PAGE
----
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Re: Wrong times for sunrise/sunset?

From: Bob Proulx
Subject: Re: Wrong times for sunrise/sunset?
Date: Sun, 20 Jan 2019 00:17:23 -0700
User-agent: Mutt/1.10.1 (2018-07-13)

Marcin Borkowski wrote:
> C-u M-x sunrise-sunset (and today's date) says:
> --8<---------------cut here---------------start------------->8---
> Sat, Jan 19, 2019: Sunrise 7:54am (CET), sunset 4:13pm (CET) at Poznań,
> Poland (8:19 hrs daylight)
> --8<---------------cut here---------------end--------------->8---

I am a little further south and get 9:40 of daylight.

> Here are my settings:
> --8<---------------cut here---------------start------------->8---
> (setq calendar-latitude 52.4)
> (setq calendar-longitude 16.917)
> (setq calendar-location-name "Poznań, Poland")
> --8<---------------cut here---------------end--------------->8---

How did you decide upon that longitude and latitude?

> (BTW, if anyone is ever near here, please drop me a line - we might be
> able to meet in person;-)).
> And C-u M-: calendar-time-zone says (correctly) 60.
> However, (for today)
> says:
> --8<---------------cut here---------------start------------->8---
> Sunrise Today: 07:51↑ 124° Southeast
> Sunset Today: 16:14↑ 237° Southwest
> --8<---------------cut here---------------end--------------->8---

I looked but could not see that page listing a longitude and latitude
for that location.

> I also noticed that other online services give yet other results.
> Anybody knows why the difference(s)?

I do not know but I will guess.  Here are some ideas.

The longitude and latitude of the two calculations were different
enough to produce that difference.  If the two locations are not
identical then the calculations will produce a different result.

The times given were to the nearest minute.  Errors due to rounding or
truncation may cause them to be closer together or further apart in

The models used to calculate sunrise and sunset may be different
between the two methods.  I didn't investigate but there are different
approximations for the non-spherical shape of the earth.  The planet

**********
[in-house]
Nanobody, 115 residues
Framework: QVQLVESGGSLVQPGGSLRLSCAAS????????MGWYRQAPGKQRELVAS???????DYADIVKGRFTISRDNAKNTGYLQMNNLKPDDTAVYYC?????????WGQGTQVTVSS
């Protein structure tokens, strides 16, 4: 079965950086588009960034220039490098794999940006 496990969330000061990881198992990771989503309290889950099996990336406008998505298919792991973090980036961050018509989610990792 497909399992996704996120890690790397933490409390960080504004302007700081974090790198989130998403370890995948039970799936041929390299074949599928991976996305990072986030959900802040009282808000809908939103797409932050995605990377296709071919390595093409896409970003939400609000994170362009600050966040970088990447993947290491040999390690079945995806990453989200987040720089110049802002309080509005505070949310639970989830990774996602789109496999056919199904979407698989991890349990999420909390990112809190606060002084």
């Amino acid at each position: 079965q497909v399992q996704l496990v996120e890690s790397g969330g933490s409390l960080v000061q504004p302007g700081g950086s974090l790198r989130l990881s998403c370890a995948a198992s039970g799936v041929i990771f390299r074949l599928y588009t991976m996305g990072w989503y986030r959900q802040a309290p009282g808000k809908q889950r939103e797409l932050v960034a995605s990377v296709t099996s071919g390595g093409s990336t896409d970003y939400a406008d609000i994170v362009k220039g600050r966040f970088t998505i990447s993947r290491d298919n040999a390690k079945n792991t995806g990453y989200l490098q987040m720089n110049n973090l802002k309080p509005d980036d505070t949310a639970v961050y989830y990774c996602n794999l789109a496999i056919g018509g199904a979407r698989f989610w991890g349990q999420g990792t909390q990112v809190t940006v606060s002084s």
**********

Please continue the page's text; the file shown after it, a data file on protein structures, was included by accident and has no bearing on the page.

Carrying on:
is somewhat pear shaped.

If the two methods were different then they would produce slightly
different results.  I would trust a calculation based upon the ( now known as The
Astronomical Almanac ) for your location and altitude as
authoritative.  (It has been a while since I have done the
calculations myself however.  I would need a refresher.)  If that were
known then we would know which model was more accurate for your

Do you know if uses civil twilight?  Or nautical?  Or
astronomical?  Wikipedia has a good graphic for the differences.

One might wonder, what's the difference between them?  I am
undoubtedly going to describe this wrong.  But hopefully it will be
good enough to explain the concepts.

If the upper limb of the sun (the upper limb is the top of the circle
that is the sun) is below the horizon between 0 and 6 degress then it
is civil twilight.  However it is still quite bright out due to
refraction of the sun due to the atmosphere.  It is that refraction
that requires the sun to be below the horizon 6 degrees before it is
lost from visibility.  It is still too bright to see stars.  That
makes it too bright for navigation by star sights.  But the sun is
below the horizon.

If the upper limb is between 6 and 12 degrees below the horizon, a
number that as far as I have been able to determine is a practical
number from observation and usefulness and not from any intrinsic
constant of the universe, then it is dark enough that the bright stars
are visible and also the horizon.  There are 57 bright stars typically
used for celestial navigation and the brightest of those are visible
when the sun is below 6 degrees of the horizon.  And it is also bright
enough to see a clear horizon in order to observe by sextant the angle
of the star above the horizon.  This is nautical twilight and is the
period of time when celestial navigation by star sights are taken.
When one can see both the horizon and one of the bright 57
navigational stars in order to observe their altitudes.

If the upper limb is more than 18 degrees below the horizon then it is
too dark to see the horizon line.  It is not possible to observe by
sextant the altitude angle of a celestial object.  But that is when
the dim celestial objects can be observed.  Astronomers need the sun
to have set or not yet risen in order to have good "seeing".

And so we see that even a seemingly simple thing as defining sunset
depends upon what we need to know it for!  Do we need to know if the
car driver should have lights on?  Or if we need to take star sights
with a sextant?  Or if we are going to be able to see interesting
astronomical objects with a telescope?

I will guess the difference is due to some combination of the above
along with the possibilty of it being something else. :-)


P.S. Trivial: Ask random people what is the most important navigation
star and most will pick Polaris the North Star.  However that is not
one of the 57 bright stars usually used for celestial navigation.  It
is not the brightest of stars.  Also in equatorial latitudes it is
hard to see low stars through the haze.  It might not be possible to
observe it during nautical twilight.  It isn't visible in the southern
hemisphere at all.  While the North Star is by its position a useful
star it arguably is not "the most important" by a lot.  Yet it has the
best marketing department! :-)

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